Chuck, the DTI people say their motors would be a little more expensive, but offer other offsets, such as being able to use lighter-gauge wiring.
Pedro Fernandez is keeping an eye on labor talks in Canada and has this to say. “CAW workers better watch out, Mexico is looking pretty inviting to the OEM’s with its lower labor and tax costs, and it seems the work force is not too shabby either. Just look at the Fiat 500 and the Fusion.”
Pedro is right, Mexico is red hot right now with all kinds of automakers expanding there. If the CAW isn’t careful it could see production moving to the southern part of the NAFTA region.
W.L. Simpson liked my editorial on how GM could save the situation with Opel. “John, I think you have a fine idea, but it exhibits entirely too much common sense.”
GMveteran said, “John, under your Opel liberation scenario, you mentioned that a Fiat-Opel-PSA tie-up would become possible. Does this mean that GM would be able to extricate itself from the highly questionable relationship it now has with PSA? That might add another billion or so onto the benefits of liberation!”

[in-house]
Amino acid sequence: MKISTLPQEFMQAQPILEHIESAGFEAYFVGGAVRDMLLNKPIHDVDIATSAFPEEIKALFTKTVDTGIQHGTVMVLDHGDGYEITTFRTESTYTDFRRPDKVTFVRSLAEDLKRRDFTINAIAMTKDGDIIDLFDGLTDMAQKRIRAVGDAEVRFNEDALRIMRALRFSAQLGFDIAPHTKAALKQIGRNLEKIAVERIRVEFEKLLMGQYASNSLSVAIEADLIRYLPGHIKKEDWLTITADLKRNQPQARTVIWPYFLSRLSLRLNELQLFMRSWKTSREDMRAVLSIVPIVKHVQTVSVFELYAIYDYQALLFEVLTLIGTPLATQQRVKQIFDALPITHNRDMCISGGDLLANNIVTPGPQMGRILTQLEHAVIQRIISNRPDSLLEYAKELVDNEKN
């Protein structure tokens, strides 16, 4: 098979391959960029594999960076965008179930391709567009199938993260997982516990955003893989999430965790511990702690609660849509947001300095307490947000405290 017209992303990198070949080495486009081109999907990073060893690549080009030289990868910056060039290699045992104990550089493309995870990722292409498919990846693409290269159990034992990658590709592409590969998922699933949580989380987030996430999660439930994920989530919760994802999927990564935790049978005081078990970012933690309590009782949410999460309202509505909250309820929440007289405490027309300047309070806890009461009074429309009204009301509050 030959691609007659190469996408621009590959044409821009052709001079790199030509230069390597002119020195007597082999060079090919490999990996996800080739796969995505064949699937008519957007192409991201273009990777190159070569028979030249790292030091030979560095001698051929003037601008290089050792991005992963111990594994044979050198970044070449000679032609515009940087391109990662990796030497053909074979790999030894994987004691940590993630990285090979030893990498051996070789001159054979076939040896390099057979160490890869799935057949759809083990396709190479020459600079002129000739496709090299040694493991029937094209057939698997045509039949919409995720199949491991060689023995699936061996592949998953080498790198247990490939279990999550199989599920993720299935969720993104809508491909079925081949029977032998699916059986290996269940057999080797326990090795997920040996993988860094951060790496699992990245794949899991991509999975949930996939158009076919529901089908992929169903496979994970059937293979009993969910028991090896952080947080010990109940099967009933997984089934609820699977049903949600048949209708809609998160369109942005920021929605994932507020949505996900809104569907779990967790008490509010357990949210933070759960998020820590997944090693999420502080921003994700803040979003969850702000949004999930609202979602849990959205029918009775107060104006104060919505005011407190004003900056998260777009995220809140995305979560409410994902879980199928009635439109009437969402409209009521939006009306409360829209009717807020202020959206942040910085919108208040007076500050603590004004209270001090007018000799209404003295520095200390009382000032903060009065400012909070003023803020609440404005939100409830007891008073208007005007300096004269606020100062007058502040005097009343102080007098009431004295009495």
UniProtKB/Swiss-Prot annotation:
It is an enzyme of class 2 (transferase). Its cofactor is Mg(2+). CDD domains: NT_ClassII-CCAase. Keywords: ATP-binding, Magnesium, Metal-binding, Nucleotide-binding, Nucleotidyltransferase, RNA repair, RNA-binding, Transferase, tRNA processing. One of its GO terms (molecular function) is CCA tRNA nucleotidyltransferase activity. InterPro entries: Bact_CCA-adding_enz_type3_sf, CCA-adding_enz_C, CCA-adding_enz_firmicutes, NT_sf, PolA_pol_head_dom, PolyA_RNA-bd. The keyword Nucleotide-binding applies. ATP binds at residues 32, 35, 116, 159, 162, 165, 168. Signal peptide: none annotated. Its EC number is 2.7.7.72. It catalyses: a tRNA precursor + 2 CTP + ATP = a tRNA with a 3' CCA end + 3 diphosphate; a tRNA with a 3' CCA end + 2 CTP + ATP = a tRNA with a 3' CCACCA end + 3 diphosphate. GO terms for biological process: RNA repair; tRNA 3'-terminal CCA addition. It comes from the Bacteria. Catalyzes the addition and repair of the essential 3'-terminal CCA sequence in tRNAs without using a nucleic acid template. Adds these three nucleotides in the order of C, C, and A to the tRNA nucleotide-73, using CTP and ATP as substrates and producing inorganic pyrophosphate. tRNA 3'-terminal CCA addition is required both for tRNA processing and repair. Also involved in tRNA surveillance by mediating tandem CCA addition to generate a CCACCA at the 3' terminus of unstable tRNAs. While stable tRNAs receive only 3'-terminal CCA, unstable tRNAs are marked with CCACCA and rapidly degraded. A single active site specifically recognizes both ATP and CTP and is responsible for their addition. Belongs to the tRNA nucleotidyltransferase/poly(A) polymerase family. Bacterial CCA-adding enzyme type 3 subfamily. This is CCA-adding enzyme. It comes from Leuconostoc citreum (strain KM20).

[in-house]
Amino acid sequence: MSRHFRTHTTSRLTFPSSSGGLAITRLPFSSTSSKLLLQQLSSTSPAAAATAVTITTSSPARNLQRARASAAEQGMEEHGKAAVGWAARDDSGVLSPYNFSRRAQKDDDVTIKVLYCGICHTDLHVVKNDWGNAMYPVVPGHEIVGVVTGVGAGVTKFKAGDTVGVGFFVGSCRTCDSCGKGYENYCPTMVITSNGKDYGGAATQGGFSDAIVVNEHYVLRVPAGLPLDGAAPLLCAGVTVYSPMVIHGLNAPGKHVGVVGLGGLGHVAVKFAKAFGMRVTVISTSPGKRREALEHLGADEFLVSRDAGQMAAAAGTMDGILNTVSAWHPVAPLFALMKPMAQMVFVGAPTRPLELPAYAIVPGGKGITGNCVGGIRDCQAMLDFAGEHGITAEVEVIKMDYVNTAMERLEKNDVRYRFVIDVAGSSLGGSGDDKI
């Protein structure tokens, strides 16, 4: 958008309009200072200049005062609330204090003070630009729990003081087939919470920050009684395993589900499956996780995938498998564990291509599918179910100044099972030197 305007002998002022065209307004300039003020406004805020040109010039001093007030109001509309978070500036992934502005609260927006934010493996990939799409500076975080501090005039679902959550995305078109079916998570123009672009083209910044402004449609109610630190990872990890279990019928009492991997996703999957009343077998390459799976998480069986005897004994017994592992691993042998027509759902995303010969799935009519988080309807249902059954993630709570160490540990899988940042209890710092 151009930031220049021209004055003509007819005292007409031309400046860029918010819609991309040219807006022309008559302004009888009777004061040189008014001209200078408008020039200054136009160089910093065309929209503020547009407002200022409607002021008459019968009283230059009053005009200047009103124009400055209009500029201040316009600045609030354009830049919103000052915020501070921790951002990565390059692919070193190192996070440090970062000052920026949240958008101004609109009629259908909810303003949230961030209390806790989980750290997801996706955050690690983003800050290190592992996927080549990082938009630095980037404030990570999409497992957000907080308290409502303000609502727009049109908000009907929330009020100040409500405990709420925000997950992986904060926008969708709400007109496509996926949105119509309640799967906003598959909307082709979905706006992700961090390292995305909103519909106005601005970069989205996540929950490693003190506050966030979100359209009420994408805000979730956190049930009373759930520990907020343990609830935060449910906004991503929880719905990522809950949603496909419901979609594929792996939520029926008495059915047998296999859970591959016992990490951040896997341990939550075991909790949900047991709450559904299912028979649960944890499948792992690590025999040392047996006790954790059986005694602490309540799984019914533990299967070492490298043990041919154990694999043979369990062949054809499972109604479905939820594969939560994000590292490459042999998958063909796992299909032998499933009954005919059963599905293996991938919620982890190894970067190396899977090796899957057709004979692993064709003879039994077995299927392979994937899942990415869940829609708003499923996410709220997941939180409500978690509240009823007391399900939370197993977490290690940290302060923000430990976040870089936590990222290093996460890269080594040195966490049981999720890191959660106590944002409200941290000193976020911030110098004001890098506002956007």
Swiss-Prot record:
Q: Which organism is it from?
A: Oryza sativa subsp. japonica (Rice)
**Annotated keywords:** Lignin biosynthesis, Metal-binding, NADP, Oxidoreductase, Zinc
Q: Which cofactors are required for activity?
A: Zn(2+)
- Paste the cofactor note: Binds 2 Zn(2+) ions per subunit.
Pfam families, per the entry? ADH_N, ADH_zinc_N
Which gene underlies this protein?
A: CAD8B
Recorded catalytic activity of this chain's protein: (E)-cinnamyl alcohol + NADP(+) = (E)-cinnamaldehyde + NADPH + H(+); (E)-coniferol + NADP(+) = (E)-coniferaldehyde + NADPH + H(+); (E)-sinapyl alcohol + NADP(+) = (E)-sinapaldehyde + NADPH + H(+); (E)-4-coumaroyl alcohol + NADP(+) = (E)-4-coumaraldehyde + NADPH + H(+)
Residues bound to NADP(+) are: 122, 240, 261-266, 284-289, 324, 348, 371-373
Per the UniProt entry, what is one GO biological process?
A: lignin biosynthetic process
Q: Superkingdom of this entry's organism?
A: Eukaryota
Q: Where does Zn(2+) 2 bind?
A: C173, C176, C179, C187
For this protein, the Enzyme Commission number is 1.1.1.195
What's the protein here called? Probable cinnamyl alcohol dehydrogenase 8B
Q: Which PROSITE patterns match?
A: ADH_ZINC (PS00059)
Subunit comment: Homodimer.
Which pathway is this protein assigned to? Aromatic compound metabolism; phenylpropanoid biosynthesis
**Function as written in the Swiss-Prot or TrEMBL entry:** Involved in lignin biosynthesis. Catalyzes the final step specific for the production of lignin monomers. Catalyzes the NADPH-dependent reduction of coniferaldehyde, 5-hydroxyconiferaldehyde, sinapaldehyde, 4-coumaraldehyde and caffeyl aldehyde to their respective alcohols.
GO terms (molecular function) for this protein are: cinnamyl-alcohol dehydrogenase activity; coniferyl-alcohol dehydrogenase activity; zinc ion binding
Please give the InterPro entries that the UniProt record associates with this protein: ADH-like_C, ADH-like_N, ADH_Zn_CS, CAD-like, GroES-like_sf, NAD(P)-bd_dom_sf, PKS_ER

Good point, GMveteran.
And Kate McLeod said, “As someone pointed out to me, GM doesn’t need to be in Europe at all. They’re not important in Europe and they’re not going to be and there are worlds to conquer. I thought that made a lot of sense. There was a time when Opel was important to GM, but I think those days are gone.”
Kate, I would agree with you about Opel, but Europe is still one of the biggest, richest markets in the world and GM needs to be there. Besides, Chevrolet is one of the fastest-growing brands in Europe and still has a lot more room to grow.
Thanks for all your letters and comments, and keep ‘em coming!
And don’t forget to join me and the Autoextremist tomorrow on Autoline After Hours for the best car talk in the business. Our guest will be Randy Stephens, the chief engineer of the Toyota Avalon, the first passenger car that Toyota designed, engineered and will manufacture in the United States. It’s a milestone for Toyota and you’ll get the inside story.
And that wraps up today’s show, we’ll see you tomorrow.